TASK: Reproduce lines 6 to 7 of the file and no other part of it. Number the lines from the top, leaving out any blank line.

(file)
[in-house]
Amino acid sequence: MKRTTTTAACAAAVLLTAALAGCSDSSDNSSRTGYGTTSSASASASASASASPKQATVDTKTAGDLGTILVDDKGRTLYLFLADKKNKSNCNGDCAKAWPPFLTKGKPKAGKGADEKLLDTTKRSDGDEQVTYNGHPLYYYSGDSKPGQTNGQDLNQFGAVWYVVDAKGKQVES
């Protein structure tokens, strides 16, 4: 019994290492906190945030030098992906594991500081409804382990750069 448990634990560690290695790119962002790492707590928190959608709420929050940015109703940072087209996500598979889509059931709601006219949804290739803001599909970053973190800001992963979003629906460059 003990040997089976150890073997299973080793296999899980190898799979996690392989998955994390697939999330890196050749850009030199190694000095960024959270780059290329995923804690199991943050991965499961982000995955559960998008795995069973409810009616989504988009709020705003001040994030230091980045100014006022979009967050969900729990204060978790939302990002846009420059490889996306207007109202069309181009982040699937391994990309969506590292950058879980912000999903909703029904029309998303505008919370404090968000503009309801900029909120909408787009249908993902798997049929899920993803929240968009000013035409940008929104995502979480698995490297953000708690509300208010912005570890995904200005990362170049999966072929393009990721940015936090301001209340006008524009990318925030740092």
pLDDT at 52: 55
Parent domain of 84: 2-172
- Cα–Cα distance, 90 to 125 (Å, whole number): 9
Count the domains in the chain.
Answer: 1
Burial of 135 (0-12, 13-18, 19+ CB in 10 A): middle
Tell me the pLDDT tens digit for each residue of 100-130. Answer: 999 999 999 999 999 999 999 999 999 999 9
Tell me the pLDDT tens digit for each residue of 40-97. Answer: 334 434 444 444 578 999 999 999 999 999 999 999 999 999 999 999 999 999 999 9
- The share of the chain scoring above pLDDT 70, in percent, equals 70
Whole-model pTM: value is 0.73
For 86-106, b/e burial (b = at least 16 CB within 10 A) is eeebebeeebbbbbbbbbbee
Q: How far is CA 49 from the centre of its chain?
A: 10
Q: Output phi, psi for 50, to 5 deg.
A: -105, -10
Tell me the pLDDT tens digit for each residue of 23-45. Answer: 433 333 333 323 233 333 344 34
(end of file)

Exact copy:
- Cα–Cα distance, 90 to 125 (Å, whole number): 9
Count the domains in the chain.